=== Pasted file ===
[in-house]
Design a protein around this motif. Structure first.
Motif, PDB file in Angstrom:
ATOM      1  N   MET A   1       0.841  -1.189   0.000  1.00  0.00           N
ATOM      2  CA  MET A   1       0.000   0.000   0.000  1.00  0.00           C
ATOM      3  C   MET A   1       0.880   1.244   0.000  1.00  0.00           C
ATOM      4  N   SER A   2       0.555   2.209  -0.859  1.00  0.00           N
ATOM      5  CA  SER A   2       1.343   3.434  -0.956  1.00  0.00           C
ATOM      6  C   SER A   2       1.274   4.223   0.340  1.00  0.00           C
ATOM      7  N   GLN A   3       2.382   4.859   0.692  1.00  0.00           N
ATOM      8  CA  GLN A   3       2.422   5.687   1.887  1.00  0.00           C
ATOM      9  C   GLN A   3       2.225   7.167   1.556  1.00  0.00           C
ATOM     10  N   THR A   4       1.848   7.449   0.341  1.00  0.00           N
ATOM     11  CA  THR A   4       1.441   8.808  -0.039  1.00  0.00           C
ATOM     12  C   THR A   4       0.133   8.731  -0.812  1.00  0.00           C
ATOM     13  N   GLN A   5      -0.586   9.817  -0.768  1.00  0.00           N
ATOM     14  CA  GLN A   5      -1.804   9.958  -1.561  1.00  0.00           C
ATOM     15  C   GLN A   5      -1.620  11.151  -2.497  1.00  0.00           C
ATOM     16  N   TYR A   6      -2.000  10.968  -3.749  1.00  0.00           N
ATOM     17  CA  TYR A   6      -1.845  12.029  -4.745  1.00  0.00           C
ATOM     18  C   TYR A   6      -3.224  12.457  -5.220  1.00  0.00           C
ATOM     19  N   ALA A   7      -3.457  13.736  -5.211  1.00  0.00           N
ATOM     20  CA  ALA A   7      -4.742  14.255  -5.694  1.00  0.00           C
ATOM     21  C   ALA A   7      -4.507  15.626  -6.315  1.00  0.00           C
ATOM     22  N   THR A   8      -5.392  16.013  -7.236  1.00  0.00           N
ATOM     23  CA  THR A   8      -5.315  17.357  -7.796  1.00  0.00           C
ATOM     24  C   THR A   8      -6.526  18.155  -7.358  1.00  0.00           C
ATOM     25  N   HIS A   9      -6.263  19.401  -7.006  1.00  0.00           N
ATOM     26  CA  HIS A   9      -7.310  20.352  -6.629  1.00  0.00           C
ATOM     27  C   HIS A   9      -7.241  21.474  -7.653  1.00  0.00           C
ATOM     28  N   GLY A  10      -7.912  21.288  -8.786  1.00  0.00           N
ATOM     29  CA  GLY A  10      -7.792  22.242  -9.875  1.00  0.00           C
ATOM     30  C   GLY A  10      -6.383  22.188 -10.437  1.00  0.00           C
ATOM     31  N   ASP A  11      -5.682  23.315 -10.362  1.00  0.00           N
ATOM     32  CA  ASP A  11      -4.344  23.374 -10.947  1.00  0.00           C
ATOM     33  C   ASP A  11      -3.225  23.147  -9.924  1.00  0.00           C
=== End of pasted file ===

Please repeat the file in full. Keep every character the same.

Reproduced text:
[in-house]
Design a protein around this motif. Structure first.
Motif, PDB file in Angstrom:
ATOM      1  N   MET A   1       0.841  -1.189   0.000  1.00  0.00           N
ATOM      2  CA  MET A   1       0.000   0.000   0.000  1.00  0.00           C
ATOM      3  C   MET A   1       0.880   1.244   0.000  1.00  0.00           C
ATOM      4  N   SER A   2       0.555   2.209  -0.859  1.00  0.00           N
ATOM      5  CA  SER A   2       1.343   3.434  -0.956  1.00  0.00           C
ATOM      6  C   SER A   2       1.274   4.223   0.340  1.00  0.00           C
ATOM      7  N   GLN A   3       2.382   4.859   0.692  1.00  0.00           N
ATOM      8  CA  GLN A   3       2.422   5.687   1.887  1.00  0.00           C
ATOM      9  C   GLN A   3       2.225   7.167   1.556  1.00  0.00           C
ATOM     10  N   THR A   4       1.848   7.449   0.341  1.00  0.00           N
ATOM     11  CA  THR A   4       1.441   8.808  -0.039  1.00  0.00           C
ATOM     12  C   THR A   4       0.133   8.731  -0.812  1.00  0.00           C
ATOM     13  N   GLN A   5      -0.586   9.817  -0.768  1.00  0.00           N
ATOM     14  CA  GLN A   5      -1.804   9.958  -1.561  1.00  0.00           C
ATOM     15  C   GLN A   5      -1.620  11.151  -2.497  1.00  0.00           C
ATOM     16  N   TYR A   6      -2.000  10.968  -3.749  1.00  0.00           N
ATOM     17  CA  TYR A   6      -1.845  12.029  -4.745  1.00  0.00           C
ATOM     18  C   TYR A   6      -3.224  12.457  -5.220  1.00  0.00           C
ATOM     19  N   ALA A   7      -3.457  13.736  -5.211  1.00  0.00           N
ATOM     20  CA  ALA A   7      -4.742  14.255  -5.694  1.00  0.00           C
ATOM     21  C   ALA A   7      -4.507  15.626  -6.315  1.00  0.00           C
ATOM     22  N   THR A   8      -5.392  16.013  -7.236  1.00  0.00           N
ATOM     23  CA  THR A   8      -5.315  17.357  -7.796  1.00  0.00           C
ATOM     24  C   THR A   8      -6.526  18.155  -7.358  1.00  0.00           C
ATOM     25  N   HIS A   9      -6.263  19.401  -7.006  1.00  0.00           N
ATOM     26  CA  HIS A   9      -7.310  20.352  -6.629  1.00  0.00           C
ATOM     27  C   HIS A   9      -7.241  21.474  -7.653  1.00  0.00           C
ATOM     28  N   GLY A  10      -7.912  21.288  -8.786  1.00  0.00           N
ATOM     29  CA  GLY A  10      -7.792  22.242  -9.875  1.00  0.00           C
ATOM     30  C   GLY A  10      -6.383  22.188 -10.437  1.00  0.00           C
ATOM     31  N   ASP A  11      -5.682  23.315 -10.362  1.00  0.00           N
ATOM     32  CA  ASP A  11      -4.344  23.374 -10.947  1.00  0.00           C
ATOM     33  C   ASP A  11      -3.225  23.147  -9.924  1.00  0.00           C